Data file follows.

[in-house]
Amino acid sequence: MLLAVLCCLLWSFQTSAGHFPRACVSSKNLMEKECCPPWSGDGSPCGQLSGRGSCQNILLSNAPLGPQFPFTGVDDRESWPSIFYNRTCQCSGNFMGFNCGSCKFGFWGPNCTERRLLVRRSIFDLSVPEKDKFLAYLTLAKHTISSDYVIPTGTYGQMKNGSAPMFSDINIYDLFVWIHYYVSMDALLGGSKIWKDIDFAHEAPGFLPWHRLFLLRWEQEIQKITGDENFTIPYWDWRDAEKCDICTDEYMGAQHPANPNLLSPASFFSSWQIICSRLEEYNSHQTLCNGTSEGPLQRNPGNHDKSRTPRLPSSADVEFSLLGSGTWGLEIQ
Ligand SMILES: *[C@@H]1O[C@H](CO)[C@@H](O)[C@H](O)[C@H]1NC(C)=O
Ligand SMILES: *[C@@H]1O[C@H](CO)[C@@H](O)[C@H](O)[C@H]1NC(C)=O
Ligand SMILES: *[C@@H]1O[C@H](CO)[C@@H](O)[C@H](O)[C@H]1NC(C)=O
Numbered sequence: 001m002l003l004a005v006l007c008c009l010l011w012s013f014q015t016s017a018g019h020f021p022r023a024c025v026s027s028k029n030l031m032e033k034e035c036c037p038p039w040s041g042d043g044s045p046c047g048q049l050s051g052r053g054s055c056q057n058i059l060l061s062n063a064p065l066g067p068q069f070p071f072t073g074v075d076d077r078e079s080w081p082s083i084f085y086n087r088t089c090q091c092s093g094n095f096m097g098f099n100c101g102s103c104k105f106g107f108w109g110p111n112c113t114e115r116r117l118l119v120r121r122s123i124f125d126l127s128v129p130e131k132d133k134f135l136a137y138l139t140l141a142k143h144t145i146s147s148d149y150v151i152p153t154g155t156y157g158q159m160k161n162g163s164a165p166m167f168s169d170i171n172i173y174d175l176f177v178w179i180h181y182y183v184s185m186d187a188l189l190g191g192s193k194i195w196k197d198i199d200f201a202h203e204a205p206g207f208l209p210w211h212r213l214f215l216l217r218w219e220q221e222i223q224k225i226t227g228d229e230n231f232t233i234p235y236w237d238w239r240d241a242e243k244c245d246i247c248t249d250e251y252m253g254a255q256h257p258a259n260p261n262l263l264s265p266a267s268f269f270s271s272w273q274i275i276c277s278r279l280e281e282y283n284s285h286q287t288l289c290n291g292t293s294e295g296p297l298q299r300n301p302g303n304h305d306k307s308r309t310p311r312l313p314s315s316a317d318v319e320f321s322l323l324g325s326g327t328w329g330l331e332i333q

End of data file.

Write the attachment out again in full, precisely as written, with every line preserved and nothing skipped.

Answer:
[in-house]
Amino acid sequence: MLLAVLCCLLWSFQTSAGHFPRACVSSKNLMEKECCPPWSGDGSPCGQLSGRGSCQNILLSNAPLGPQFPFTGVDDRESWPSIFYNRTCQCSGNFMGFNCGSCKFGFWGPNCTERRLLVRRSIFDLSVPEKDKFLAYLTLAKHTISSDYVIPTGTYGQMKNGSAPMFSDINIYDLFVWIHYYVSMDALLGGSKIWKDIDFAHEAPGFLPWHRLFLLRWEQEIQKITGDENFTIPYWDWRDAEKCDICTDEYMGAQHPANPNLLSPASFFSSWQIICSRLEEYNSHQTLCNGTSEGPLQRNPGNHDKSRTPRLPSSADVEFSLLGSGTWGLEIQ
Ligand SMILES: *[C@@H]1O[C@H](CO)[C@@H](O)[C@H](O)[C@H]1NC(C)=O
Ligand SMILES: *[C@@H]1O[C@H](CO)[C@@H](O)[C@H](O)[C@H]1NC(C)=O
Ligand SMILES: *[C@@H]1O[C@H](CO)[C@@H](O)[C@H](O)[C@H]1NC(C)=O
Numbered sequence: 001m002l003l004a005v006l007c008c009l010l011w012s013f014q015t016s017a018g019h020f021p022r023a024c025v026s027s028k029n030l031m032e033k034e035c036c037p038p039w040s041g042d043g044s045p046c047g048q049l050s051g052r053g054s055c056q057n058i059l060l061s062n063a064p065l066g067p068q069f070p071f072t073g074v075d076d077r078e079s080w081p082s083i084f085y086n087r088t089c090q091c092s093g094n095f096m097g098f099n100c101g102s103c104k105f106g107f108w109g110p111n112c113t114e115r116r117l118l119v120r121r122s123i124f125d126l127s128v129p130e131k132d133k134f135l136a137y138l139t140l141a142k143h144t145i146s147s148d149y150v151i152p153t154g155t156y157g158q159m160k161n162g163s164a165p166m167f168s169d170i171n172i173y174d175l176f177v178w179i180h181y182y183v184s185m186d187a188l189l190g191g192s193k194i195w196k197d198i199d200f201a202h203e204a205p206g207f208l209p210w211h212r213l214f215l216l217r218w219e220q221e222i223q224k225i226t227g228d229e230n231f232t233i234p235y236w237d238w239r240d241a242e243k244c245d246i247c248t249d250e251y252m253g254a255q256h257p258a259n260p261n262l263l264s265p266a267s268f269f270s271s272w273q274i275i276c277s278r279l280e281e282y283n284s285h286q287t288l289c290n291g292t293s294e295g296p297l298q299r300n301p302g303n304h305d306k307s308r309t310p311r312l313p314s315s316a317d318v319e320f321s322l323l324g325s326g327t328w329g330l331e332i333q